Readers offered suggestions and a follow-up question for some recent columns.

First, some suggestions for Len in Facilities Management, who is striving to improve morale among one of his teams (March 7). A reader who has walked in his shoes, Sharon Harrington, sent the following:

"Another approach that we found useful was to provide a periodic departmental 'open house' (with refreshments or other incentives), to showcase the services provided, as well as the people as individuals and their relevant skills. Often other employees are amazed to learn about the range of our responsibilities, what we do for them (visibly and invisibly), and what additional needs we can meet for them if asked. Or, if there is an employee newsletter, occasional articles about ways in which the facility team met internal customers' needs can also help raise awareness of the value of the team."

Planning for team retirements was the focus of another recent column (February 28).


QWhat happens, though, if top leadership isn't focused on this issue and other senior leaders see the crisis looming? How, a reader asks, can they gain the attention of their leaders to make the appropriate plans?

AAs a leader in your organization, start by determining how hard you're willing and able to push on this issue. This will be a factor of the level of risk you're feeling. If you see an imminent serious breakdown, that'll call for a different level of action. This also may challenge you to assess what your responsibilities as a senior leader in your organization are, and decide the steps you need to take to rise to those responsibilities.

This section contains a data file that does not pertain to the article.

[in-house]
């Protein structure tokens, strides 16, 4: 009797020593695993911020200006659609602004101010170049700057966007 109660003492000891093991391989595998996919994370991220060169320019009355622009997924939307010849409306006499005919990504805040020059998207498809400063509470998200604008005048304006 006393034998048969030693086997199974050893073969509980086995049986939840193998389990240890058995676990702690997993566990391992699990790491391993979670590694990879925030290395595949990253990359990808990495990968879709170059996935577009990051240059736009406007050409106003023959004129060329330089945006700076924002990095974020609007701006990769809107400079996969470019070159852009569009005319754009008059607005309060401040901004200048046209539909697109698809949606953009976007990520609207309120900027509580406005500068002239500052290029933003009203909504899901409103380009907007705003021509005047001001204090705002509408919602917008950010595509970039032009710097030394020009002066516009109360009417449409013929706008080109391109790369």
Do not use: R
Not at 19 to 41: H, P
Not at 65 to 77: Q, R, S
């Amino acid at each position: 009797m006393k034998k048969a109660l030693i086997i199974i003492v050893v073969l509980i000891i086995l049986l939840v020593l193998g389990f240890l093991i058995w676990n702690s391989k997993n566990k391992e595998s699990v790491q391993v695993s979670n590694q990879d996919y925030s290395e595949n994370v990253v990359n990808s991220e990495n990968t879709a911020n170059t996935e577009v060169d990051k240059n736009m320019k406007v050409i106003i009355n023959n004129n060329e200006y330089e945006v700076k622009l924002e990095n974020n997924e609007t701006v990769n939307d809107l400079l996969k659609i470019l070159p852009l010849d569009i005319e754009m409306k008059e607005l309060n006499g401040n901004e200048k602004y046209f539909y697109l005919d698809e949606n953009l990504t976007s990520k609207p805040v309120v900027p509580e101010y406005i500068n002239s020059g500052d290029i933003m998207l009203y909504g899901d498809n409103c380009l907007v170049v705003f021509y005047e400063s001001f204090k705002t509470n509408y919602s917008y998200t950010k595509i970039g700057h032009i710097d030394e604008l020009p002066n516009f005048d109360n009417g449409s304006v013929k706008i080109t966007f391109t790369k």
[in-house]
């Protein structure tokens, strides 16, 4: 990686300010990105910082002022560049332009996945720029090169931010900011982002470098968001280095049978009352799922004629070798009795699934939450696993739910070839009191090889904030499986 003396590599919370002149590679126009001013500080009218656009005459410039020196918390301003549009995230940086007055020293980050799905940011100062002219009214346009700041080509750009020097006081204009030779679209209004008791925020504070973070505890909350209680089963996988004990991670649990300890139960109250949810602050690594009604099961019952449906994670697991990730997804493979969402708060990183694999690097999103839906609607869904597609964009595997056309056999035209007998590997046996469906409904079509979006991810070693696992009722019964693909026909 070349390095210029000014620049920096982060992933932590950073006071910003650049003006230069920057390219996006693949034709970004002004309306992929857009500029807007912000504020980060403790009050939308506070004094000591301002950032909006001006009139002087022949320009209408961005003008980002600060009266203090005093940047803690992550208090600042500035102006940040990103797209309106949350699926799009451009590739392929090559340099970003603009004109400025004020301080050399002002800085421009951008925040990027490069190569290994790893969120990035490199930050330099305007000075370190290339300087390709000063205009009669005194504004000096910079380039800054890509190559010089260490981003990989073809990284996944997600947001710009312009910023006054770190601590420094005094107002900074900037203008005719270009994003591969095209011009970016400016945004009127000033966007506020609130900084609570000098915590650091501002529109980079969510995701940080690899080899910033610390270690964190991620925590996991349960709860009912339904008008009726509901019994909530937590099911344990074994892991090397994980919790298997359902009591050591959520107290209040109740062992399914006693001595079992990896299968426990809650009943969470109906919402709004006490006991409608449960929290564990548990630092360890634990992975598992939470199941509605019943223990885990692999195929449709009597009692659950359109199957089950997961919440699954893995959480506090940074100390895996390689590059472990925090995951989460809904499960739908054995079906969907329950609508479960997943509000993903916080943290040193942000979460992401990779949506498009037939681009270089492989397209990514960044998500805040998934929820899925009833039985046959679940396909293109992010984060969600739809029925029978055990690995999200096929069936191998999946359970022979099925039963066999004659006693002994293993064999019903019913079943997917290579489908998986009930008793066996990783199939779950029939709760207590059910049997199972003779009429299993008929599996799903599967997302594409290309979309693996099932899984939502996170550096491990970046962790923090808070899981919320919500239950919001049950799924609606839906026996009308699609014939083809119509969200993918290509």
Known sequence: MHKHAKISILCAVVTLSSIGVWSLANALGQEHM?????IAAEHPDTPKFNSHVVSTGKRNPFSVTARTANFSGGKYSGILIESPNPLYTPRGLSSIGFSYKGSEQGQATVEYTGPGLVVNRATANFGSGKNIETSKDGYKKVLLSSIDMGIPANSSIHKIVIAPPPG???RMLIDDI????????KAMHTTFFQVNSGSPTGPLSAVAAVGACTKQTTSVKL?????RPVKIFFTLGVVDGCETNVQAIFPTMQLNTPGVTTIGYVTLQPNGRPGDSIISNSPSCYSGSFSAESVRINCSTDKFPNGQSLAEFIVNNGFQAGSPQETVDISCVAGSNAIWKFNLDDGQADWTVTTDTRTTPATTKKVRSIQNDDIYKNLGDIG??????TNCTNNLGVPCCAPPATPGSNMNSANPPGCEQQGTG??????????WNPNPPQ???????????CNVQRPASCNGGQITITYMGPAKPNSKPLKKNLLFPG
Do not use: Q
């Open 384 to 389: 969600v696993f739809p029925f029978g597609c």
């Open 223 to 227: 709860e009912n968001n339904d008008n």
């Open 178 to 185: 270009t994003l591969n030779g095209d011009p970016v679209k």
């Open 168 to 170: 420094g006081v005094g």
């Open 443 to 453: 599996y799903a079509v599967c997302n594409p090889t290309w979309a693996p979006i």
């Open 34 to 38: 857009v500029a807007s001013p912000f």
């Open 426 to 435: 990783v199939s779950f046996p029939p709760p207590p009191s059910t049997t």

For the best way to approach top leaders, think of how you've seen them deal with problems in the past. Consider factors such as their timeframes for dealing with important issues (deliberate vs. just-in-time), the degree of denial you've seen, and their preferences about hearing factual information vs. a more emotional approach.

Then gather concrete information that you'll be able to provide about the risks your organization is facing. If your top leaders are not perceiving an issue, you'll need specifics. For example, "When Andrea retires, we will no longer have someone in charge of the fleet. We need to make plans for reassigning her responsibilities, including training and transition time." Timelines, counting backward from the departure date, can also bring more urgency to the issue.

After you've prepared, decide to take the initiative. Talk to others at your level to build a coalition of concern, and don't just be quiet about the needs you see. It may push you a bit past your comfort level, especially if the retirees are not in your area of responsibility, but when you see a wider impact looming, it's incumbent on you to lead.

Readers, this is a situation that faces every organization, and I know that many of you will have dealt with this. Take a moment to send your thoughts on ways to get the attention of the executive team. Your ideas will be sent on to the questioner for their use, and will be published in a future column.

What challenges do you face at work? Send your questions to Liz Reyer, a credentialed coach and president of Reyer Coaching & Consulting in Eagan. She can be reached at